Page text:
Standing behind the immediate issues which generated this faction fight is the broader question of Momentum’s relationship to the Labour Party. Although a majority view themselves as Labour Party supporters, the organised left and the retreads have introduced the ‘New Party’ question: ie the formation  of a new party or social movement (I use the shorthand NP to cover both) to supersede Labour. It is this conflict between transforming Labour and the NP which underpins the faction fight.

The NP proposition came to prominence during the heyday of anti-austerity campaigning and should have died with the 2015 election results.  At first glance its representation inside Momentum seems absurd but many of the  Corbynistas are but a sub-set of anti-austerity movement transposed into the Labour Party, and for many of them NP ideas are deeply embedded in their political makeup. This ambivalence towards Labour is also reflected in Momentum’s structure with its adherence to social movements and the frankly bizarre notion that it should be open to non-party members.

There are two types of NP advocates – those who have a casual attitude to the LP, viewing it as a convenient staging post to some undefined alternative and those who argue Momentum should take programmatic positions on a range of issues. Whatever type of alternative they may wish to peruse the crux of the matter is they view Momentum as the embryo of the NP and so its focus is always something other than the Labour Party. NP ideas are wrong-headed for a number of reasons – most obviously the lack of a mass movement to which they can engage.

It was the depth of the recession that determined one of two types of working class response to the economic crisis. Where the crisis was severe in Europe, political and state institutions come under pressure from below. Witness Spain where some 8 million participated in the 15-M Movement or Ireland where around 17% of the population demonstrated – equivalent demonstrations in the UK would have mobilised 4 million on the streets. In these cases, as with Greece, mass movements fragmented existing left parties and a process begun of establishing new political formations which have yet to mature into political parties. A second permutation which was seen in the UK was one where the crisis was limited. In this instance while the anti-austerity movement drew many into political activity it never reached the scale where it constituted a mass, insurgent, or social movement. Without such a mass base there was no pressure from below to challenge Labour to the point where it would fragment. Instead political institutions have remained largely intact with right wing populism and left wing radicalism flowing into their respective parties which moved them away from the centre ground to the political poles. This is not to argue these political institutions are not undergoing a process of degeneration rather the tempo and character is very different from counties where the recession was deepest.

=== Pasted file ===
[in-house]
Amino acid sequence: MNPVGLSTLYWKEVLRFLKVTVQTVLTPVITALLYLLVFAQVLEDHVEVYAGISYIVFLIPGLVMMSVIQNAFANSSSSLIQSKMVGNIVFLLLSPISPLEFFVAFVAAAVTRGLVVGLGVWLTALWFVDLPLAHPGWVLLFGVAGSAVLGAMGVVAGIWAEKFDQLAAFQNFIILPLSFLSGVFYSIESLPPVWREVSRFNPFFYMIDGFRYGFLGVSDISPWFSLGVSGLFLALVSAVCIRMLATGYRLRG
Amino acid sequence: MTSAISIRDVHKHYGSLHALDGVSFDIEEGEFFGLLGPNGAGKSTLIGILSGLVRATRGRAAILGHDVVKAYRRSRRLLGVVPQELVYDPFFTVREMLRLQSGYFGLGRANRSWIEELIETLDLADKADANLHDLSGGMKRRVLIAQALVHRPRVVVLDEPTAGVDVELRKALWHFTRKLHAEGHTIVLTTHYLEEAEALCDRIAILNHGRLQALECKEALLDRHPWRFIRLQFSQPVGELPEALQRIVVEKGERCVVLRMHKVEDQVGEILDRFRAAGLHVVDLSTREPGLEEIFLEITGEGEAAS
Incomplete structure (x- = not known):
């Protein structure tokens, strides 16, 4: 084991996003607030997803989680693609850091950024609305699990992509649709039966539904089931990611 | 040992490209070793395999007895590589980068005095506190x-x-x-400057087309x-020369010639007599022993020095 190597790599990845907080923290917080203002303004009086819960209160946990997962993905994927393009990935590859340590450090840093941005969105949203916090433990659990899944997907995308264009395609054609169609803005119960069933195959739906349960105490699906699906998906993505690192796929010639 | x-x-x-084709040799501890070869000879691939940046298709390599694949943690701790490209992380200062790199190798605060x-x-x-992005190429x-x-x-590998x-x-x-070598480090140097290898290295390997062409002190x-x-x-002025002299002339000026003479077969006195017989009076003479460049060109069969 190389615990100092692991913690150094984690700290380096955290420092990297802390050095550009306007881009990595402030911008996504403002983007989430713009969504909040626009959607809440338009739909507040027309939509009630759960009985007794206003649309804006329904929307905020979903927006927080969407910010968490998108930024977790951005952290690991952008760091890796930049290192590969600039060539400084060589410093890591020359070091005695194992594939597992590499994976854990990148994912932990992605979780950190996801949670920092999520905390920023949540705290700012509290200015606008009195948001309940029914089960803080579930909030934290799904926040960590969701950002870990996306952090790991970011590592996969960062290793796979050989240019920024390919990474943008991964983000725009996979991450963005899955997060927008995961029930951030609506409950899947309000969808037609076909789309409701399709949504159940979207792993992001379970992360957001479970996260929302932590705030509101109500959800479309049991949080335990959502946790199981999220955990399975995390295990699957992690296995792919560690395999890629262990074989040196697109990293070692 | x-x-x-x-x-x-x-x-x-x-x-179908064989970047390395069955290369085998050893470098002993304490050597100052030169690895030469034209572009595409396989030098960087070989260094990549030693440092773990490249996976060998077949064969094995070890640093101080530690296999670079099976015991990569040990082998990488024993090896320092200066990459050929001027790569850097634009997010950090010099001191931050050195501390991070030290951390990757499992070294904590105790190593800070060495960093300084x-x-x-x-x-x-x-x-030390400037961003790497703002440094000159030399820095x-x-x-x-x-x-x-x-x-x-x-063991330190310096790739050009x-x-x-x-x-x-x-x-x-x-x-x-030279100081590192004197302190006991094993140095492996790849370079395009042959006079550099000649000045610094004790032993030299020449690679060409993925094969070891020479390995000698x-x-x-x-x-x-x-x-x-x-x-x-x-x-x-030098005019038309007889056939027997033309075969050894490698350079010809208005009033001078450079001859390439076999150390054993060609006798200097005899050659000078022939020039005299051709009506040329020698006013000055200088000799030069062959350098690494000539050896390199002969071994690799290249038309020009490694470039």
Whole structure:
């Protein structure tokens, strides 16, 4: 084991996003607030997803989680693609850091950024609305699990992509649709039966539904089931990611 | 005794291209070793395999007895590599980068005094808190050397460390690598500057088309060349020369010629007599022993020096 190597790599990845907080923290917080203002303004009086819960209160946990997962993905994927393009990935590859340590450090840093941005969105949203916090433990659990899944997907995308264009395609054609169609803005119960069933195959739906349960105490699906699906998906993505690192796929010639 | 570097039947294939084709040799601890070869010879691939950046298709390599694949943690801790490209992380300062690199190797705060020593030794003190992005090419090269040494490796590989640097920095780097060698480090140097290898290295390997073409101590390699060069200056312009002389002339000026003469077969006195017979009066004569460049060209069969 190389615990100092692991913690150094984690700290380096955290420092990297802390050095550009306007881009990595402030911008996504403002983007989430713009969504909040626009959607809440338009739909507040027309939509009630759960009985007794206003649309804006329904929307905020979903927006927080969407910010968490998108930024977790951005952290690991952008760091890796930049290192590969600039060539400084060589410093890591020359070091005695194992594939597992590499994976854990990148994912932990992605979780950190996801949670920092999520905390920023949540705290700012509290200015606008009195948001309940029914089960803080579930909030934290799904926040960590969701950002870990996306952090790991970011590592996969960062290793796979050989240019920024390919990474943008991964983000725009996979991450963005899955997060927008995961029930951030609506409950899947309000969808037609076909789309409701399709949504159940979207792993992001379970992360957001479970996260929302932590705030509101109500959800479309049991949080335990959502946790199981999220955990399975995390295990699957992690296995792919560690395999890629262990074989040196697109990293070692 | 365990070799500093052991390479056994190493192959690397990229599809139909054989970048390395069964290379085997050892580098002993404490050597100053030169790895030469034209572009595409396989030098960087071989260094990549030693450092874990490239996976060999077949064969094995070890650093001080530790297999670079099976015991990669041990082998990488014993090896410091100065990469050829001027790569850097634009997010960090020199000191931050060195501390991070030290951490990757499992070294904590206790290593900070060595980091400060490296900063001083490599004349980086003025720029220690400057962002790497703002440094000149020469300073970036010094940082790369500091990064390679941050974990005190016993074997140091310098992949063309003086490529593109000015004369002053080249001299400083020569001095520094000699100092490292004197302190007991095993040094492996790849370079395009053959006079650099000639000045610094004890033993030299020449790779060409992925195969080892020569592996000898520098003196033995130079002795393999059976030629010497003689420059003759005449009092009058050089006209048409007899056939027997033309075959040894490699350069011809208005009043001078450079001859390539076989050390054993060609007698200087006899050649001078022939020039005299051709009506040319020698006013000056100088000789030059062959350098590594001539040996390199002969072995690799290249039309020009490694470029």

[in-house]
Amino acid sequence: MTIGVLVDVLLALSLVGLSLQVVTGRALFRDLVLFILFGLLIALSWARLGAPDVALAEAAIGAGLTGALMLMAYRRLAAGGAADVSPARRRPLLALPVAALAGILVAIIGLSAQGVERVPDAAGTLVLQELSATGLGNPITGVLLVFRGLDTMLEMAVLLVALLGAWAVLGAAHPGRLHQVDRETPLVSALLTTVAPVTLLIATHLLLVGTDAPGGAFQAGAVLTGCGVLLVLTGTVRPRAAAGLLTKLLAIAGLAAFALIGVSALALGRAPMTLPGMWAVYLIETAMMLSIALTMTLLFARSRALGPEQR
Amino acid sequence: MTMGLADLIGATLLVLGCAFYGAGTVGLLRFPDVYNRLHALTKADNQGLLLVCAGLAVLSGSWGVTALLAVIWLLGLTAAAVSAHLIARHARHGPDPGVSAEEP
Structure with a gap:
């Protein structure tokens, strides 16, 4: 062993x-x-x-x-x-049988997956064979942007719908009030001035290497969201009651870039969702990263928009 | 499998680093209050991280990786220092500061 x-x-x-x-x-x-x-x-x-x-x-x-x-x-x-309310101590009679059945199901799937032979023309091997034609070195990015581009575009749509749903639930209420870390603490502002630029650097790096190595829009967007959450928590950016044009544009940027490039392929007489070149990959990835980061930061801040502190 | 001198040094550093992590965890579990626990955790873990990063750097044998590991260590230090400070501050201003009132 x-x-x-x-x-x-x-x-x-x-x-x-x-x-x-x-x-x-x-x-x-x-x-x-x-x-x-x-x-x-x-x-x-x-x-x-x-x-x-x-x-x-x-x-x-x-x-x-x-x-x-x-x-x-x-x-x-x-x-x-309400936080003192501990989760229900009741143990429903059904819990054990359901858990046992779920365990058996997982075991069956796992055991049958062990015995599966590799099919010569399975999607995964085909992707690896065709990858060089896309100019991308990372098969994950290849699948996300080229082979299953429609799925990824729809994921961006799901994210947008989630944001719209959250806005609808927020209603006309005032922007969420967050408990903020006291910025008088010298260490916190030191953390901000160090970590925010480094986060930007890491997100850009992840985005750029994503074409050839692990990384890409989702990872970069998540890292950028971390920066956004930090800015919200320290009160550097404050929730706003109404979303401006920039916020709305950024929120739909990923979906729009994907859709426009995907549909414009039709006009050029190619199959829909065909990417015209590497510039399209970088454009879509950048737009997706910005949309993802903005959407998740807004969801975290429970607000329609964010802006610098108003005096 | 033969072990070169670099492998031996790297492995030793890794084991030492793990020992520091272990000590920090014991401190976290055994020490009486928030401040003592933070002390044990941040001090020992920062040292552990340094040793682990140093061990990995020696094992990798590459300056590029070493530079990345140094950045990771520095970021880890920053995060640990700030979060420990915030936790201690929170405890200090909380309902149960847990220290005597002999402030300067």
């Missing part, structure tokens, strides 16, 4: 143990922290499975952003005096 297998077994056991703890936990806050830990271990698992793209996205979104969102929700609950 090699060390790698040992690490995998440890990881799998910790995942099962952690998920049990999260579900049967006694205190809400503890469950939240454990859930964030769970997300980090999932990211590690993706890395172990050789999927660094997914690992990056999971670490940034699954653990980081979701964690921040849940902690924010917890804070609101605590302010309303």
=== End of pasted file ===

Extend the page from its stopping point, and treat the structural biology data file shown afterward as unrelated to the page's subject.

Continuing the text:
As important as the scale of the movement is its social composition: where mass movements emerged there was a definable working class element, but this was not the case in the UK. The social profile of the Corbynistas, (a proxy for the anti-austerity movement) shows them to be similar to the pre- Corbyn Labour Party membership except a tad more middle class, socially liberal, politically radical and older.